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Christmas Truce

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Oliver Wood hated the war. It was supposed to end quickly; they were supposed to be back home by Christmas. Now it was the night before twenty-fourth of December 1914 and they hadn't moved an inch in the last few weeks.

"What do you think those Germans are doing right now?" Percy Weasley asked him quietly. The redhead had dark bags under his eyes and was nearly bone-thin by now.

"Dunno, don't care," Oliver said distractedly, trying to read the newspaper scrap he had found. It mentioned the Aberdeen F. C., his favourite team.

Suddenly they heard a shrill whistle. "Oi, you Tommies, we would like to sing a few Christmas songs at seven thirty. Would be wonderful if you didn't disturb the harmony with your bullets!" somebody called over the no man's land.

"You kiddin'?" Percy called back.

"No, we'll put candles on the edge of the trench when we start!" they answered.

"Alright, have fun!" Oliver called. He understood the sentiment all too well and his men wouldn't dare to disobey him.

They continued with their nightly duties of taking care of their trench and themselves. It was still dark when Oliver spotted the flickering flame of a candle.

"Cease fire!" he commanded, even though it was just a formality. The shooting wouldn't start until it was light.

At first no sound crossed the distance between the trenches, but then the wind changed its direction and distinct singing could be heard. After a few minutes more and more voices joined in and finally the Brits could hear what they were singing.

"Silent Night?" Percy whispered, flabbergasted.

"Seems so," Bill Weasley, his older brother, replied. He had been Captain of their unit once, by now he was their Major. "It sounds strange in German to be honest."

"Everything sounds strange in German," Charlie Weasley, the middle brother, joked.

Oliver chuckled and decided to light a fag and enjoy the peace while it lasted. He leaned back against the cold, wet mud and tried to feel comfortable. But he wasn't. Not at all.

When the Germans stopped singing Oliver put out his fag and took up his rifle. It was day by now. But then the whistle that had sounded earlier in the morning sounded once again.

"Merry Christmas!" many called and then the one who had asked for a ceasefire called: "Care for a duet?"

"I would rather die than sing in German!" Oliver Wood called over.

"And we would kill you if you tried!" the German called back. Laughter welled up on both sides. "But I think 'Silent Night' has the same melody in each language."

Oliver had to chuckle at the cheek. "Alright, deal!"

This time the Brits started and the Germans joined in at the first chorus.

Oliver had to admit that it wasn't the cold burning in his eyes. Why couldn't they just stop this damned war altogether if they managed to be peaceful on Christmas Eve?

By the time they stopped singing the sun was high in the sky, and Oliver could finally read his football scores.

Marcus Flint had to admit that he was glad that the Brits seemed to have a sense of humour. That little concert had gone really well and his Major had only rolled his eyes once. Marcus leaned back against the mud. It was cold and wet and definitely most uncomfortable but he was Hauptmann on duty so he couldn't just go and get himself a chair.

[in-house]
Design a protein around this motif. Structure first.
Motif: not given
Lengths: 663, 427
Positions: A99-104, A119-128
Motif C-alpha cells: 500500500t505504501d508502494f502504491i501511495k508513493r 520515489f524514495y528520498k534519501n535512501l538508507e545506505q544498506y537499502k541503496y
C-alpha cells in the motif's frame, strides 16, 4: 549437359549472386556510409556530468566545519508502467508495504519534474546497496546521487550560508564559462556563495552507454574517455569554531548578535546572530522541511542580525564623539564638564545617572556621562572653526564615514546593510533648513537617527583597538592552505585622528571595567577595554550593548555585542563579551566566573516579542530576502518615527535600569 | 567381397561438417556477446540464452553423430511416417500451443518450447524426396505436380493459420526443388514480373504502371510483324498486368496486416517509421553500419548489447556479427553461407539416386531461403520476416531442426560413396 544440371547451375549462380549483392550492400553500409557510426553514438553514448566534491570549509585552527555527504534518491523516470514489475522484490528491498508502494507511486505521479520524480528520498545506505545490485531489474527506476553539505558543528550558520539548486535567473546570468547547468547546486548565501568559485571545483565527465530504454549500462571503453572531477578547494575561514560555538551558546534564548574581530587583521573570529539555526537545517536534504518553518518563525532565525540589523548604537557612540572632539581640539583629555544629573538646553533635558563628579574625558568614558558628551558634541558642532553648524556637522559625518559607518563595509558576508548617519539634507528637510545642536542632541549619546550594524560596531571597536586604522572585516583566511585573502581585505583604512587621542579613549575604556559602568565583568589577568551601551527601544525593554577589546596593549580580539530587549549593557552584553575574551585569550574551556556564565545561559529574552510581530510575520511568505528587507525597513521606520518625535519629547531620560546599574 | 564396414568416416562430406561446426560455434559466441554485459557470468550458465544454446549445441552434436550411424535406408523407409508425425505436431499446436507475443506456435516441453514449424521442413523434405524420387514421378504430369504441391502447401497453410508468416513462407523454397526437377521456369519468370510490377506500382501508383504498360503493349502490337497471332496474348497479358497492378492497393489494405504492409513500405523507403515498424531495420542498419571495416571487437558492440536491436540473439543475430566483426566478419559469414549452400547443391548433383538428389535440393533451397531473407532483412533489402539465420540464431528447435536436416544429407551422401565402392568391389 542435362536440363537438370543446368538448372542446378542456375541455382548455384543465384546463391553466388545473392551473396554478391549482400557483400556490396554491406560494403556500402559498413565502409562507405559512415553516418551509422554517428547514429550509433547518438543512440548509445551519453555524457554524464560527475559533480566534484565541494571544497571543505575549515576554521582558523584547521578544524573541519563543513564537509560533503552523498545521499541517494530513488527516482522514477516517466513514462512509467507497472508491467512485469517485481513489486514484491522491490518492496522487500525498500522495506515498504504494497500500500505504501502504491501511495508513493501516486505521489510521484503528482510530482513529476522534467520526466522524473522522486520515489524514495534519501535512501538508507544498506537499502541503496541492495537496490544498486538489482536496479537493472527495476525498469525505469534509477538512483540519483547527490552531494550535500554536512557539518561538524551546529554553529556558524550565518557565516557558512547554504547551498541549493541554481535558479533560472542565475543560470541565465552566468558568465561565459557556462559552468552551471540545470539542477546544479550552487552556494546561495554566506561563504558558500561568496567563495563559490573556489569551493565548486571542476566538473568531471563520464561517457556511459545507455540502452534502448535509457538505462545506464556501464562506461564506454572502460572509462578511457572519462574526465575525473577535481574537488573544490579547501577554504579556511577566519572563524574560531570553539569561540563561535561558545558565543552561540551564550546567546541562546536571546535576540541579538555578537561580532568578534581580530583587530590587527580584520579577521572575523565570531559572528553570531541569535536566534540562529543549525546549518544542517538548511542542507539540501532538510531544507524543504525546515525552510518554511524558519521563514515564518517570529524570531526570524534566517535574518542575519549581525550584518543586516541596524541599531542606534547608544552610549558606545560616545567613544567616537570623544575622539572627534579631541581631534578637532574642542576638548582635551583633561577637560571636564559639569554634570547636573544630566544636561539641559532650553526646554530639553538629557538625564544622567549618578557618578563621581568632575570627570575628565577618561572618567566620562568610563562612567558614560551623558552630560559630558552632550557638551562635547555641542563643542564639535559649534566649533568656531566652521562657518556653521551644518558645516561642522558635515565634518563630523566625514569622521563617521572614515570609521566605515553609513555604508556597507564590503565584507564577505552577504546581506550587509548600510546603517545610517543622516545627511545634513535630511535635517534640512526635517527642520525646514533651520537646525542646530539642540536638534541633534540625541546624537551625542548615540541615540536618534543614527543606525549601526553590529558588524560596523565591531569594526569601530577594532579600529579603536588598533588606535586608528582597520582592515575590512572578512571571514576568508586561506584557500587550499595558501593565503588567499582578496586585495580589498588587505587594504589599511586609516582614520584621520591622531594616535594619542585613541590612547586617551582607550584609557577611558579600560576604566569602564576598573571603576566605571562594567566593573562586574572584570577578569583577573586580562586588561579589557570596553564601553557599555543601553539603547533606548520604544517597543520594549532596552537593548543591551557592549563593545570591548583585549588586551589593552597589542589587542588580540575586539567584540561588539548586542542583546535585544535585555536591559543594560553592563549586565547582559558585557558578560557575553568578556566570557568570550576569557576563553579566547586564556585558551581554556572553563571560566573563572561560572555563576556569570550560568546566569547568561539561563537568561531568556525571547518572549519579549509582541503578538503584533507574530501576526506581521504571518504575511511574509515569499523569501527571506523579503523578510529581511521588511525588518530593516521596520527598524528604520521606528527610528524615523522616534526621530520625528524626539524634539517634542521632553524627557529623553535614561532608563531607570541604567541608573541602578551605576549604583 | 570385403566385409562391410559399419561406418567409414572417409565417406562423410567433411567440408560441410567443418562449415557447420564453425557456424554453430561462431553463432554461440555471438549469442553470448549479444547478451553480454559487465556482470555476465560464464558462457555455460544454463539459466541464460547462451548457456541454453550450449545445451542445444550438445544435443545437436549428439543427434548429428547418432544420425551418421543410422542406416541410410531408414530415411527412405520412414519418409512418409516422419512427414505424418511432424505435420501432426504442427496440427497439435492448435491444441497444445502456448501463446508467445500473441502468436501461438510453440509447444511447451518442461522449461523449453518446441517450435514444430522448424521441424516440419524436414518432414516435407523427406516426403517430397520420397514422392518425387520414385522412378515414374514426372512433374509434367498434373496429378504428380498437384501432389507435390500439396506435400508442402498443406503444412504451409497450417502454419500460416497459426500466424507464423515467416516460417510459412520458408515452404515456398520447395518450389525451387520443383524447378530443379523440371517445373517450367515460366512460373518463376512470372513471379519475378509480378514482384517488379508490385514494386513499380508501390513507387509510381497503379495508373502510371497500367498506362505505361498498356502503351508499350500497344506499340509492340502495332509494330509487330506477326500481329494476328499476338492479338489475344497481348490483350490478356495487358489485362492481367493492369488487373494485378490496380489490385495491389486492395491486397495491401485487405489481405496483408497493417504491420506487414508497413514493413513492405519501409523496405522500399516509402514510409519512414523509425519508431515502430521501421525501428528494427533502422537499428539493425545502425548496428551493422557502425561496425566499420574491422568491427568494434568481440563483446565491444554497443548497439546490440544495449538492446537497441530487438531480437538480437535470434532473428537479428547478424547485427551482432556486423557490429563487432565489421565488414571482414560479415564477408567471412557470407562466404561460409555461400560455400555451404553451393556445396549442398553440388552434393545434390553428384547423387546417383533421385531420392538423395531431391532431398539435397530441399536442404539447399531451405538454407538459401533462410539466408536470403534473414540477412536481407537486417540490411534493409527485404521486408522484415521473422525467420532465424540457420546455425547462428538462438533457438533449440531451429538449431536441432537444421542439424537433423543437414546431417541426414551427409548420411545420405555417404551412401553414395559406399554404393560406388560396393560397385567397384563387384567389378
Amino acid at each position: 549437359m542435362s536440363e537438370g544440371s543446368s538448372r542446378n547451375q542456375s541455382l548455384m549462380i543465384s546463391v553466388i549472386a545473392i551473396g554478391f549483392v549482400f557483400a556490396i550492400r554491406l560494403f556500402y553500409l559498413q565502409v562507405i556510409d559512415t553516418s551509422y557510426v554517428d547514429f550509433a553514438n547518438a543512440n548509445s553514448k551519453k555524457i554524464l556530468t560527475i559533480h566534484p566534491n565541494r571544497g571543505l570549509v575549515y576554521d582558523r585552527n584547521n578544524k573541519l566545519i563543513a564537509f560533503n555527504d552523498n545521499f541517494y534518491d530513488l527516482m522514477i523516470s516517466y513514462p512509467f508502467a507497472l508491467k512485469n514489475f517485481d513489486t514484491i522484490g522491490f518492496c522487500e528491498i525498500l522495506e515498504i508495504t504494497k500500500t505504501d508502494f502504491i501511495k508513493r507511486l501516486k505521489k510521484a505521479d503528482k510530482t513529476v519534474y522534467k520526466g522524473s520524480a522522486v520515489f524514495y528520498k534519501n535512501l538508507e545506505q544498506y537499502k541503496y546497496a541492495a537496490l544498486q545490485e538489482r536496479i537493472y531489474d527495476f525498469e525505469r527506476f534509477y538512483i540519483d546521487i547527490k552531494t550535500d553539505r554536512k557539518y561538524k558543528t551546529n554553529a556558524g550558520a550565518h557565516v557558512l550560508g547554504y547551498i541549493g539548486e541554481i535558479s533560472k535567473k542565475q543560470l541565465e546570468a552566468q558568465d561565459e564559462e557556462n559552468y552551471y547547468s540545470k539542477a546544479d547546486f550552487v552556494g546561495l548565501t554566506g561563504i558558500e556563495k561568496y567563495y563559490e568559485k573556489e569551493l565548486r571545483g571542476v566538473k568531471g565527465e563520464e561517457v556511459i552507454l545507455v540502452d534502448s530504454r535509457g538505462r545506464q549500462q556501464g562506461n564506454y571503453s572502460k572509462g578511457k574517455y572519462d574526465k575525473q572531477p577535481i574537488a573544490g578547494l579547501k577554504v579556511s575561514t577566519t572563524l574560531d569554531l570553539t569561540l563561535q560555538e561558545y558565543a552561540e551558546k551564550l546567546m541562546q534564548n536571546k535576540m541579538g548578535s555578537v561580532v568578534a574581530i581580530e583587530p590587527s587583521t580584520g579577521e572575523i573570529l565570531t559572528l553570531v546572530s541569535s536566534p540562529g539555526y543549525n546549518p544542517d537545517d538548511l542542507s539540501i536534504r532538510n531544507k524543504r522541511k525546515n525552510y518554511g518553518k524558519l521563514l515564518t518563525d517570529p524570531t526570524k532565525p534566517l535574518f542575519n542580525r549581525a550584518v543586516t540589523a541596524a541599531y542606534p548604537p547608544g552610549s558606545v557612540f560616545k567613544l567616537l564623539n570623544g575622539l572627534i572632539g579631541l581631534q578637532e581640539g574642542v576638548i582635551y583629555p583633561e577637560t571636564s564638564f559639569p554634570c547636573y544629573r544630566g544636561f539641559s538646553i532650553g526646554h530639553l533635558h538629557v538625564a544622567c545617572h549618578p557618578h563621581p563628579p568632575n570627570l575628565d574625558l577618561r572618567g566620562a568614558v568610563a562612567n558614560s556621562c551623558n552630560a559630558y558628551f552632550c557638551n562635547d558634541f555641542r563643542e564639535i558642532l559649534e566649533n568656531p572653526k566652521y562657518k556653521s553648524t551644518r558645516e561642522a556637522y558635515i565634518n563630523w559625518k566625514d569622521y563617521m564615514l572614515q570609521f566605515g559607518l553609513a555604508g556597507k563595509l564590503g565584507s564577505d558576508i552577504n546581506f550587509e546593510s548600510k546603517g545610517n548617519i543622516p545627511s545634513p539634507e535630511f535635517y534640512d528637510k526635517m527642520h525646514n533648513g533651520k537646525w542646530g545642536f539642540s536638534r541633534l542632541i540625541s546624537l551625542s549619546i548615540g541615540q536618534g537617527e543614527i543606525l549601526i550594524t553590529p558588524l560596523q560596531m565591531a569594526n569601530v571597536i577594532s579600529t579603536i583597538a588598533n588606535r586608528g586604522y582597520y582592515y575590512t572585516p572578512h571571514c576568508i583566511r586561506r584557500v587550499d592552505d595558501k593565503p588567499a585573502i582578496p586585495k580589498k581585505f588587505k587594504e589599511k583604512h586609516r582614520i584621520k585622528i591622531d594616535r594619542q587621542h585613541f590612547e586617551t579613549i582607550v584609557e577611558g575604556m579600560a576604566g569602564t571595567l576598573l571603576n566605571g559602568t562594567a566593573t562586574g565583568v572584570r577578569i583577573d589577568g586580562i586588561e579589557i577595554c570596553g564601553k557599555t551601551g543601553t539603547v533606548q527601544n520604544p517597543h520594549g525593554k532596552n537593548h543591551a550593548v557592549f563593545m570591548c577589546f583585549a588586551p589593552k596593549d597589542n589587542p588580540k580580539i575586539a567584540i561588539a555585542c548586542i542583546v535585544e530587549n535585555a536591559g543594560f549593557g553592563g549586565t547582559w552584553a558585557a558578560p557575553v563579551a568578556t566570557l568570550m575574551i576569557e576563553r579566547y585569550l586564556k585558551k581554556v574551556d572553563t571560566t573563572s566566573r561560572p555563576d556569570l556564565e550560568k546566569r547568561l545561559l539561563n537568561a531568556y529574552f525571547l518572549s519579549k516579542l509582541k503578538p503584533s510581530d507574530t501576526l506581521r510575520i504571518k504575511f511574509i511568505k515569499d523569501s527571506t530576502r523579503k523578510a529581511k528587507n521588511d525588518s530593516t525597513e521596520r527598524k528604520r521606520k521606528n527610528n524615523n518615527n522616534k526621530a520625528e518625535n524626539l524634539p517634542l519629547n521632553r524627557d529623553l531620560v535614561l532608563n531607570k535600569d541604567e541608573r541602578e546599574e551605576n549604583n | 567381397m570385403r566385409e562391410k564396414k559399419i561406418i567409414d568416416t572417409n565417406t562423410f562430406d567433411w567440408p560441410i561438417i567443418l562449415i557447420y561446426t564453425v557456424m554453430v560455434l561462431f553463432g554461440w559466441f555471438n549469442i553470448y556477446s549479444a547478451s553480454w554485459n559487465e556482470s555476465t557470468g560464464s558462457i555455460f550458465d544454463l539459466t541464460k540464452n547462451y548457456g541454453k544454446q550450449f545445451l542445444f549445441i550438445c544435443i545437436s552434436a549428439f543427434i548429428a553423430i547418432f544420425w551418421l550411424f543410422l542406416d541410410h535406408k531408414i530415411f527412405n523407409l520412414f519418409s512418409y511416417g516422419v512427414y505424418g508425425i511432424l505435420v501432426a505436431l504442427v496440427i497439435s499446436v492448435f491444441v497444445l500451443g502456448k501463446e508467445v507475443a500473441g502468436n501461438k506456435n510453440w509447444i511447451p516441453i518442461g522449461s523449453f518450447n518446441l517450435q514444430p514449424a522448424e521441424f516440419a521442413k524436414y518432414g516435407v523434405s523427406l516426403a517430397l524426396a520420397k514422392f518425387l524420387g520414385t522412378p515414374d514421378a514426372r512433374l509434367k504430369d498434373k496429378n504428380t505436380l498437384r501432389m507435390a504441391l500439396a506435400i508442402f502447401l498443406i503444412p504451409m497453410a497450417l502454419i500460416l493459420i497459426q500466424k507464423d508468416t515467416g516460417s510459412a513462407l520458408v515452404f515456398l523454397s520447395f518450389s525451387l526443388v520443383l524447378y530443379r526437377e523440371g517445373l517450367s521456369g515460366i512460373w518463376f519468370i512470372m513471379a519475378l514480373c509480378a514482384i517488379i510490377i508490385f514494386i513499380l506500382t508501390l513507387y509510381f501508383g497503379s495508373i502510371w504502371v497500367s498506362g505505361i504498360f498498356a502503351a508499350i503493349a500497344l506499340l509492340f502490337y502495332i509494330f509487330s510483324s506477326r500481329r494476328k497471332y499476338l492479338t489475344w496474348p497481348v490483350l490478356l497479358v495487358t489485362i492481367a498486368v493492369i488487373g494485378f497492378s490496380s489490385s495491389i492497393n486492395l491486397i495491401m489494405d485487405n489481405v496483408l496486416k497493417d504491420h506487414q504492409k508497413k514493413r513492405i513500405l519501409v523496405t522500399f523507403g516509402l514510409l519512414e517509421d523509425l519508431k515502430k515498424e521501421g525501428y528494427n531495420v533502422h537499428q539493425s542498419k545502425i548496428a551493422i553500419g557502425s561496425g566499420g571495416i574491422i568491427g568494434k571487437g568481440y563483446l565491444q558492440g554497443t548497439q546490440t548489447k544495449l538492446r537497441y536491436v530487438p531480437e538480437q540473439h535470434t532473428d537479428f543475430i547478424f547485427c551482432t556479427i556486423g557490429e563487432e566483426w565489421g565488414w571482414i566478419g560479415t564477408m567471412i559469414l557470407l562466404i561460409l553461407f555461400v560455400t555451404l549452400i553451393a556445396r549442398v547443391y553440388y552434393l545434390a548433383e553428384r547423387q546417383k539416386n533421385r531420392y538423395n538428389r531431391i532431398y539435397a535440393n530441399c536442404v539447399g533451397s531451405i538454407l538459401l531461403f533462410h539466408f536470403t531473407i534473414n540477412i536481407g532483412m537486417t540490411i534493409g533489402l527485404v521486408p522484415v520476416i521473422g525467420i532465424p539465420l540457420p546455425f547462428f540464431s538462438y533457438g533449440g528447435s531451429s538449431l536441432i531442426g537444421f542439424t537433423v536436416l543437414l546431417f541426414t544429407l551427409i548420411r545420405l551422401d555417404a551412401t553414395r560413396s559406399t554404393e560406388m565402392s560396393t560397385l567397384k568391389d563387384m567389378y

"Flint, you know the football scores?" Müller asked quietly.

"No, haven't seen a newspaper in days," Marcus said and suddenly he had a weird idea. He stood up and peeked over the edge of the trench, hoping that he wasn't visible enough to be shot. "Anyone got the latest football scores over there?" Marcus called and listened for any replies.

The same voice who had answered his first questions called back. "Yeah, but I don't fancy shouting them over to you." After a short silence he continued. "Christmas truce?"

Marcus looked over to Major Malfoy who shrugged and nodded. Even though he was only seventeen, the boy had been made Major since he was high nobility.

"Truce! I will come up first, so we know that you honour your word," Marcus called and stood up from his crouched position slowly. When no bullet hit him immediately he made his way to a ladder.

He stepped on the first rung and pushed himself up slowly. Marcus repeated that process until he was able to step on the no man's land. Still he could only hear sounds of bullets and grenades whizzing through the air from a distance. Marcus realised that on the other side of the scarred ground another man had stepped from the trench. They walked towards each other, bodies and faces tense, expecting an ambush the whole time.

"Morgen," Marcus said as soon as they were in speaking distance. "I am Hauptmann Marcus Flint."

"Morning," the other replied. "Captain Oliver Wood."

Standing in front of each other they measured up their supposed enemy. Marcus was a bit bigger than the burly Captain Wood, but he wouldn't want to fight hand-to-hand with the man. His fists looked as if he could crush rocks with them.

"Maybe we should shake hands to show our men that it's safe to come out," Wood suggested and stretched his hand out.

"Sounds like a good idea," Marcus replied stiffly and clasped the other's hand. Of course they tried to crush the other and finally Marcus gave up. "Now, you said something about football scores?"

Wood laughed. "Gave them to my Lieutenant so you wouldn't shoot me and get them anyway."

Marcus snorted. "Come on, we are Germans, not some French frog eaters!"

"So the Boches are that much better?" Wood asked, his eyes glinting, and he was obviously trying to suppress a grin.

"Obviously. We haven't retreated a metre since we came here after all," Marcus joked and Wood chuckled drily. They were interrupted by a young dark-skinned man.

"Captain, your newspaper!" he said and thrust the paper into Wood's hands.

"Thank you Johnson," Wood said with a smile.

"That one wasn't older than nineteen and he is your Lieutenant?" Marcus asked in astonishment.

"Angus just turned twenty-one, and he is extremely talented. The men listen to him," Wood explained with a smile. It didn't reach his eyes.